Lessons from a bipartisan economic triumph, 10 years later

America faces a host of pressing economic challenges today — but if inflation dominates the public discourse for the moment, we can’t lose sight of the profound role the startup economy will play in driving tomorrow’s prosperity.

Washington needs to help the nation’s entrepreneurial community stay ahead of our increasingly aggressive global competitors. We need to ensure that the fruits of American entrepreneurialism are tangible to more Americans in more places. Finally, after years of frustration, we need to re-establish the faith the American people once had that Washington can come together to meet the most important challenges facing the country. 

We’ve had some successes of late, including the bipartisan infrastructure bill passed last year. But when it comes to innovation, other more distant examples prove that these sorts of bipartisan accomplishments can have enduring impacts.

The JOBS Act, which passed exactly a decade ago to breathe new life into America’s flagging start-up economy, emerged from circumstances not entirely dissimilar to those that prevail today. Few at the time thought Democrats and Republicans would be capable of coming together around a major reform bill, but to help entrepreneurs, they did — and because I was a part of the story then, I’m convinced today’s leaders can forge a similar path.

As the co-chair of the National Advisory Council on Innovation & Entrepreneurship and the chair of the entrepreneurial subcommittee of the White House Council on Jobs & Competitiveness, I invested countless hours in late 2011 and early 2012 conferring with both Democrats and Republicans on the subject of innovation. Much as they disagreed on certain topics, there was real common ground. Concerned about high unemployment (then 9 percent), both sides recognized that any comprehensive effort to create jobs through innovation would hinge on Washington’s ability to get capital into the hands of aspiring entrepreneurs. And both parties agreed that a primary barrier were laws written during the Great Depression which served to prevent a broad range of investors from investing in high-growth companies.

When I joined a Democratic president and the Republican house majority leader in the Rose Garden for the JOBS Act’s signing ceremony, American innovation had been in decline for nearly 40 years. We were all hopeful that the new bill would unleash innovation, investment, job creation and economic growth. And here’s the good news: A decade later, it has surpassed our expectations.

Over the last decade, America has seen waves of new startups not only succeed but, in part because of the JOBS Act, go public. In the world of biotech alone, the volume has more than doubled. And that success has built on itself, prompting new waves of startups. Last year, in the midst of the pandemic, Americans registered nearly 5.5 million new companies. And because the spirit of entrepreneurship is strong in red and blue America alike, many of those firms have been established in and around newly emerging tech hubs such as Columbus, Indianapolis, Denver, and Atlanta.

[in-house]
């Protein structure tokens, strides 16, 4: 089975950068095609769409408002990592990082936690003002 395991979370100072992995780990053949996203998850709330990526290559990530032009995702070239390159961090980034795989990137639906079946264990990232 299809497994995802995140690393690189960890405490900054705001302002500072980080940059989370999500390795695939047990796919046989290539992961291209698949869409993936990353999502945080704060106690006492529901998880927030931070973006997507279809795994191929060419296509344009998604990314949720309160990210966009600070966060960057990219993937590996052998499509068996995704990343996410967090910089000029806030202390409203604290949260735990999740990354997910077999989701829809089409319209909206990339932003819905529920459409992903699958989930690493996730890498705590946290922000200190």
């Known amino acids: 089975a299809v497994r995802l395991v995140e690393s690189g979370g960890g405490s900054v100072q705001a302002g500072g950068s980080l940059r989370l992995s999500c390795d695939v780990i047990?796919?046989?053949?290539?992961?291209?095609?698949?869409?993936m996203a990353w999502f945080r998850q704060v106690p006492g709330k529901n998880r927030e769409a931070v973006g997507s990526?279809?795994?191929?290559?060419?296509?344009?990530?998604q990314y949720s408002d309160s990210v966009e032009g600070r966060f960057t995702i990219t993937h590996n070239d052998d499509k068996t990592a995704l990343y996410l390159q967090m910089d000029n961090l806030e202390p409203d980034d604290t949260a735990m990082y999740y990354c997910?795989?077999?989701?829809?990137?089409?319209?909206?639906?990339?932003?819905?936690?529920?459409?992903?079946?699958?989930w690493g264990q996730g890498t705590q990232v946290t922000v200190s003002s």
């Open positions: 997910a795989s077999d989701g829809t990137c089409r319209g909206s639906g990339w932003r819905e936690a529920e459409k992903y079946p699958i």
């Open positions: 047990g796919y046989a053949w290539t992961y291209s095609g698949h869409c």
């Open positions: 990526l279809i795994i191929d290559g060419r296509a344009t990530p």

What lessons can we draw from the JOBS Act’s success? Most importantly, its enduring impact illustrates that bipartisan cooperation can spread the promise of entrepreneurship. To that end, Congress should quickly pass the Bipartisan Innovation Act — a.k.a The America COMPETES Act of 2022 — which will help American entrepreneurs compete globally, and in particular with state-subsidized firms in China. Fortunately, the House and Senate have appointed conferees to iron out the details of that bill, a sign that the push forward has real momentum.

Second, Washington should expeditiously create a Startup Visa program capable of stemming the outflow of entrepreneurs and innovators from the U.S. By one recent count, 200 of the Fortune 500 companies were founded by immigrants or their children. But still today, foreign students who earn advanced degrees in America are forced to leave the country, diplomas in hand, because Washington refuses to grant them visas. We should be beckoning global talent in, not pushing it out.

Third, Washington needs to expand the opportunities people have to invest in companies before they go public. Despite previous attempts to reform the accredited investor rule, crowdfunding remains too difficult for too many investors and entrepreneurs to navigate. If, as is the case today, ordinary people can be trusted to buy stocks and bonds, they should also be empowered, with appropriate protections, to identify promising ideas and innovative companies before they enter the public domain.

Bipartisan agreements are rarely perfect, but as the JOBS Act demonstrates, good ideas that overcome the gauntlet of partisan gridlock can have a big impact. American entrepreneurialism is in a much better place today than it was a decade ago, in large part because Republicans and Democrats worked together in 2012. But there’s much more our elected leaders could do. There are constructive policy ideas now being considered, and a range of exciting new businesses waiting to be born. Washington should work quickly to help make it happen.

Steve Case, a co-founder of America Online, is chairman and chief executive of Revolution, a Washington D.C.-based investment firm, and author of the forthcoming book “Rise of the Rest: How Entrepreneurs in Surprising Places are Building the New American Dream” as well as “The Third Wave: An Entrepreneur’s Vision of the Future.”